A core function of PHS is to stimulate, facilitate, and conduct research on social determinants of health. Below you will find past and current research projects supported by PHS. Contact us for more information about any of the projects or to be connected with the investigators.
Blue-collar Work and Women's Health: A Systematic Review of the Evidence from 1990 to 2015
Despite the implications of gender and sex differences for health risks associated with blue-collar work, adverse health outcomes among blue-collar workers has been most frequently studied among men.
The present study provides a "state-of-the-field" systematic review of the empiric evidence published on blue-collar women's health. We systematically reviewed literature related to the health of blue-collar women published between January 1, 1990 and December 31, 2015. We limited our review to peer-reviewed studies published in the English language on the health or health behaviors of women who were presently working or had previously worked in a blue-collar job. Studies were eligible for inclusion regardless of the number, age, or geographic region of blue-collar women in the study sample. We retained 177 studies that considered a wide range of health outcomes in study populations from 40 different countries.
Overall, these studies suggested inferior health among female blue-collar workers as compared with either blue-collar males or other women. However, we noted several methodological limitations in addition to heterogeneity in study context and design, which inhibited comparison of results across publications. Methodological limitations of the extant literature, alongside the rapidly changing nature of women in the workplace, motivate further study on the health of blue-collar women. Efforts to identify specific mechanisms by which blue-collar work predisposes women to adverse health may be particularly valuable in informing future workplace-based and policy-level interventions. Read the published article here.
Impact of Work on Women’s Health
Because of rapid introduction of women into the U.S. workplace since the 1960’s, there is far less known about the health impacts of work on women than men. The Women’s Health Initiative is an enormous cohort of women, initially recruited to study the impact of hormones on menopause and subsequent health-- with over 100,000 still alive and under regular observation. Among the many ongoing studies at Stanford and elsewhere, a local team is using the work histories to explore this important life stage for women.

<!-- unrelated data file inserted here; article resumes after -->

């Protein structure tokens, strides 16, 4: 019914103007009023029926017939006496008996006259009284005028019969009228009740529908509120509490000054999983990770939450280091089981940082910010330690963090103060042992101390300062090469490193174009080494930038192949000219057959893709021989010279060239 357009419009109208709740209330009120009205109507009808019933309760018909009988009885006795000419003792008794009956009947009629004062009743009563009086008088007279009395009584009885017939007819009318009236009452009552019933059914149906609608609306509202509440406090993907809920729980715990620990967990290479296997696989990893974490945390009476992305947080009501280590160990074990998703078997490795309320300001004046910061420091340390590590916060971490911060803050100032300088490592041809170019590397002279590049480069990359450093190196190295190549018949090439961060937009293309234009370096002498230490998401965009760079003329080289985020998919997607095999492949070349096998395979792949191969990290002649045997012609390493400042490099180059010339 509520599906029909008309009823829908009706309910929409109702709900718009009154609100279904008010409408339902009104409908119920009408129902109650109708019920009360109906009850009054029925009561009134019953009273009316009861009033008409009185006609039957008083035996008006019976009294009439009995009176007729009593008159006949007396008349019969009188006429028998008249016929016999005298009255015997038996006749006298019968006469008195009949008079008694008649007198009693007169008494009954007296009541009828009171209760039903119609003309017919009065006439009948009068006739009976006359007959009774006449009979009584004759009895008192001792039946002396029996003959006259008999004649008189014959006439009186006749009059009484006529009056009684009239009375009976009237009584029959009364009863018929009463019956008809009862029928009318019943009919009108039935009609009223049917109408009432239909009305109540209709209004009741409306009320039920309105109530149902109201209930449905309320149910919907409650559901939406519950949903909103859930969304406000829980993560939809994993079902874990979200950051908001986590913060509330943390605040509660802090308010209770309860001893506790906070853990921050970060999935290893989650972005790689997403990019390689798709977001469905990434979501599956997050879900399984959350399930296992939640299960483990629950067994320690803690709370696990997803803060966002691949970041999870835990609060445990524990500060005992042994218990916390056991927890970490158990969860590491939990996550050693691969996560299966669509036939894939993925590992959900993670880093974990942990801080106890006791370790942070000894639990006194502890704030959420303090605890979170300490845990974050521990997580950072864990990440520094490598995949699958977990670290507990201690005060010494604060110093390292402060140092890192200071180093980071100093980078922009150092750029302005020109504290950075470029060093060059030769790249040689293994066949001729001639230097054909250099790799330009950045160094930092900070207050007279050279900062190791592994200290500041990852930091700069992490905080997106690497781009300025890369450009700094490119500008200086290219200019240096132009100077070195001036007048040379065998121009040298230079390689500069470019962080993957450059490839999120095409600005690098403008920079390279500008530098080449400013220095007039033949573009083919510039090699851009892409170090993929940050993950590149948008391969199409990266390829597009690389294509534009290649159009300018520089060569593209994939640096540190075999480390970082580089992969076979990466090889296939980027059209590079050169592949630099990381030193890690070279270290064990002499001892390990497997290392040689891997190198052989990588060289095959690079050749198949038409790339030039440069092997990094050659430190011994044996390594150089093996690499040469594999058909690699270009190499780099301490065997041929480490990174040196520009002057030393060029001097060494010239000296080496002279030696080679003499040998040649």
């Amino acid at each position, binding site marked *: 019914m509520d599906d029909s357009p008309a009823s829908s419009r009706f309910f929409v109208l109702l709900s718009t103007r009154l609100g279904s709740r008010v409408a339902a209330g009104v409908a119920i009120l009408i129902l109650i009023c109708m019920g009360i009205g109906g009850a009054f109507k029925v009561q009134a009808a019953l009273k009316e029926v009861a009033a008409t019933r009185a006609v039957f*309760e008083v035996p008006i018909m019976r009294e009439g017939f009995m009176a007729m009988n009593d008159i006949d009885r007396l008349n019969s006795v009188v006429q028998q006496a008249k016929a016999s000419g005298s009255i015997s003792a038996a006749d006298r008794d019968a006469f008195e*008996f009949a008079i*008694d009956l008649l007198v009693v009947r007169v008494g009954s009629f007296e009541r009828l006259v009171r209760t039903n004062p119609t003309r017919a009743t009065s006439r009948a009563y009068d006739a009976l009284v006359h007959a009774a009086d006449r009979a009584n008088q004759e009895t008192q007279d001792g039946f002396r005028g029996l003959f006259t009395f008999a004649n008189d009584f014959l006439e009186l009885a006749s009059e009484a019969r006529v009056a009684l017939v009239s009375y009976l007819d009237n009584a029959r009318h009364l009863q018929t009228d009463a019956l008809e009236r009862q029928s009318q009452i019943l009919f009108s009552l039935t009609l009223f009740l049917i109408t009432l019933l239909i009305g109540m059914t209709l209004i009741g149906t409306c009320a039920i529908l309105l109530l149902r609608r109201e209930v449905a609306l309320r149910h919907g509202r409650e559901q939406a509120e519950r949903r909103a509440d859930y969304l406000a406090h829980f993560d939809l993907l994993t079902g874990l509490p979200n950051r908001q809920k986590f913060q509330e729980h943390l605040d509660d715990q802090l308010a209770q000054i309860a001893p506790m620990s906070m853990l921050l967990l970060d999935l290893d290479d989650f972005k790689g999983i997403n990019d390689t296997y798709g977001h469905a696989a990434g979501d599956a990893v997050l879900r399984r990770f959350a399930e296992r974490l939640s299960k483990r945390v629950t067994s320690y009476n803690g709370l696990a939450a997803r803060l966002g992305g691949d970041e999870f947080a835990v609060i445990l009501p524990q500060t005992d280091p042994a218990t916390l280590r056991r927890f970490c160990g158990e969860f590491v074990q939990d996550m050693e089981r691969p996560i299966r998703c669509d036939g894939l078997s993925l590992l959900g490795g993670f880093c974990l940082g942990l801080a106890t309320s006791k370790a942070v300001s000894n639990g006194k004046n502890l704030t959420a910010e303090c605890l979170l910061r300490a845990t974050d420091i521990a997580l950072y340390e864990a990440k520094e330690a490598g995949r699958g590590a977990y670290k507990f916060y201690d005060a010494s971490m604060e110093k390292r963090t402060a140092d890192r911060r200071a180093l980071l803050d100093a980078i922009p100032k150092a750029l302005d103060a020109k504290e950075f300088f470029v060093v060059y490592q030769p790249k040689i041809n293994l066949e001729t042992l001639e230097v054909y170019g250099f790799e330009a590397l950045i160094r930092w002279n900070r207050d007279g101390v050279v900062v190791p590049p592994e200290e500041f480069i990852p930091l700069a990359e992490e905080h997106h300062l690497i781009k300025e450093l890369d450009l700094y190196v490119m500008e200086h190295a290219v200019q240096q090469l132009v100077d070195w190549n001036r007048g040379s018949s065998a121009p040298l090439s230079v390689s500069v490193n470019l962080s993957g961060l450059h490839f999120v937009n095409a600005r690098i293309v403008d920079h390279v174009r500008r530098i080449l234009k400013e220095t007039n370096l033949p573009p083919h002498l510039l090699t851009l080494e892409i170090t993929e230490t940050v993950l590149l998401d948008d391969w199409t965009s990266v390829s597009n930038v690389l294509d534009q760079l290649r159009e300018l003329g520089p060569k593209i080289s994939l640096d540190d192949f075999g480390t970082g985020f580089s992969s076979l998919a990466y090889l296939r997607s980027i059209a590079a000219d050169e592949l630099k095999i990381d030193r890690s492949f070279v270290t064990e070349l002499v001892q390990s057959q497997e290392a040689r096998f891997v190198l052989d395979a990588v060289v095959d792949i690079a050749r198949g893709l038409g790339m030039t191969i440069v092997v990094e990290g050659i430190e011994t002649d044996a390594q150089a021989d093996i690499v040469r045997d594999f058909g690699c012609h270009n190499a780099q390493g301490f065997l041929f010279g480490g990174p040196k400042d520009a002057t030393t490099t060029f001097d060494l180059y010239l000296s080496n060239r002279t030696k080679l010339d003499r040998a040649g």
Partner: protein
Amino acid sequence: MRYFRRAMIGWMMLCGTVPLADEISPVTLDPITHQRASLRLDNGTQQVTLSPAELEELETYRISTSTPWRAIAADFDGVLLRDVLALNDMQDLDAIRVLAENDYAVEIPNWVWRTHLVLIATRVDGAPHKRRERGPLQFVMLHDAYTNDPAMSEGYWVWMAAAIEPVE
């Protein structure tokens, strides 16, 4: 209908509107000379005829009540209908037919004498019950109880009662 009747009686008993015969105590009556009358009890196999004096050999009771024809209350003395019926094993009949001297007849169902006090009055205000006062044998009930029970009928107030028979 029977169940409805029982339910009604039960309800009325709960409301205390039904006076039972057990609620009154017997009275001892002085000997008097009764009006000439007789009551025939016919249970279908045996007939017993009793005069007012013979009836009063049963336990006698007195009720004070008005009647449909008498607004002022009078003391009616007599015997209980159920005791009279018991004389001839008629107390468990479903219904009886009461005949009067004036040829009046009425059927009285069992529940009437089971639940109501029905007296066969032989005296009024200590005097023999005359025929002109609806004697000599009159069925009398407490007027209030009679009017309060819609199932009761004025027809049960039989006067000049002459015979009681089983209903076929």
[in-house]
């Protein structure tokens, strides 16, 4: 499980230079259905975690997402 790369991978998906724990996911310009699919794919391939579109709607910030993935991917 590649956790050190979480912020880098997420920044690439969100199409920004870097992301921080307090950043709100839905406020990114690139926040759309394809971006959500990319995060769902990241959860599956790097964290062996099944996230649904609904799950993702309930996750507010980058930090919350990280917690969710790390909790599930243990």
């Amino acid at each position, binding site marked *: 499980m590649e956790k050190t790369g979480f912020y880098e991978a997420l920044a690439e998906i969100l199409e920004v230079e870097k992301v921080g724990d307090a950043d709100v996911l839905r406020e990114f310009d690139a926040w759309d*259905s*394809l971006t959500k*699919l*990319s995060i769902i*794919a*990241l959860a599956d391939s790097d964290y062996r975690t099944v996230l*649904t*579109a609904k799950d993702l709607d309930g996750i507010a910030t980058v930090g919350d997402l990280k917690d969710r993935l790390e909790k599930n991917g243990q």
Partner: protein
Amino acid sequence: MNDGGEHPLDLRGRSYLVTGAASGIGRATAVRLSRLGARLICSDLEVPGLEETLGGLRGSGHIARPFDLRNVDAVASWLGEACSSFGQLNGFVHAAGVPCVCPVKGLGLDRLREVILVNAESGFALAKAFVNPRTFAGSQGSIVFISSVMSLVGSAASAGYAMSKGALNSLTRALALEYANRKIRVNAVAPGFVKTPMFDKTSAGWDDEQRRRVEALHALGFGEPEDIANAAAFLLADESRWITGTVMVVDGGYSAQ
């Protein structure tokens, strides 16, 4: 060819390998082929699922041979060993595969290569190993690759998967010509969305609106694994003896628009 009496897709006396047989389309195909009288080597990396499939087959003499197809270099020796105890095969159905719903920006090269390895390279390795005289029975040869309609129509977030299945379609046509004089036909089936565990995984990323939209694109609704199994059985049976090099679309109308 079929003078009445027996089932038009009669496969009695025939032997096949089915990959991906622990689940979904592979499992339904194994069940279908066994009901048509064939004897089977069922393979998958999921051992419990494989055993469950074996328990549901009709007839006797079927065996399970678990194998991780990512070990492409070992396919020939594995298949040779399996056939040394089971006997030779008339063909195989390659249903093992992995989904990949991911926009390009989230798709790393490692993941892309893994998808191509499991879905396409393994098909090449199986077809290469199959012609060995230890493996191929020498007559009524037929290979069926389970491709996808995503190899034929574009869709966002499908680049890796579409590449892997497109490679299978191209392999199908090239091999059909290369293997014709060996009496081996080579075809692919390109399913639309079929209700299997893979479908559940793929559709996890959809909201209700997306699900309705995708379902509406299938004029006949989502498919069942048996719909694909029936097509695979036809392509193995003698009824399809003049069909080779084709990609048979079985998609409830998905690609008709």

Using Existing Data to Investigate Relationships Between Social Norms and Adolescent Health Behaviors and Outcomes
This research explores associations between social/gender norms and health behaviors and outcomes along the life-course and across the global, using existing data. Use of existing data is likely to produce actionable information relatively more rapidly than an open-ended, exploratory prospective research approach, which may yield extremely valuable information but requires a much longer period of time and greater financial investment.
This body of work will contribute to five papers submitted for consideration to The Lanceton the Next Generation of Gender Equality: Paper 1 (Unlocking human potential through shaping gender norms), Paper 2 (Unlocking gender norm data), Paper 3 (Unlocking gender norm change to achieve gender equality and health and development impact at scale), Paper 4 (Unlocking gender norm change in health systems to ensure sustainability of gender equality and health and development impact) and Paper 5 (Unlocking global action to promote gender norm change and gender equality and to optimize health and development). Additional manuscripts and policy briefs will also be developed, providing new insights into promising approaches to understanding the impact of and addressing harmful gendered social norms on health behaviors and health outcomes for women, men, boys and girls around the world.
Gender-Related Variables in Health Research
According to the U.S. National Institutes of Health (NIH), both sex (biological characteristics) and gender (sociocultural beliefs, attitudes, and behaviors) “play a role in how health and disease processes differ among individuals.” In January 2016 the NIH required investigators to explain how “relevant biological variables, such as sex, are factored into research designs and analyses for studies in vertebrate animals and humans.” While methods for analyzing sex are increasingly well understood, methods for analyzing gender-related health variables are not. This project seeks to identify and develop gender-related variables for prevention research and patient questionnaires in health research.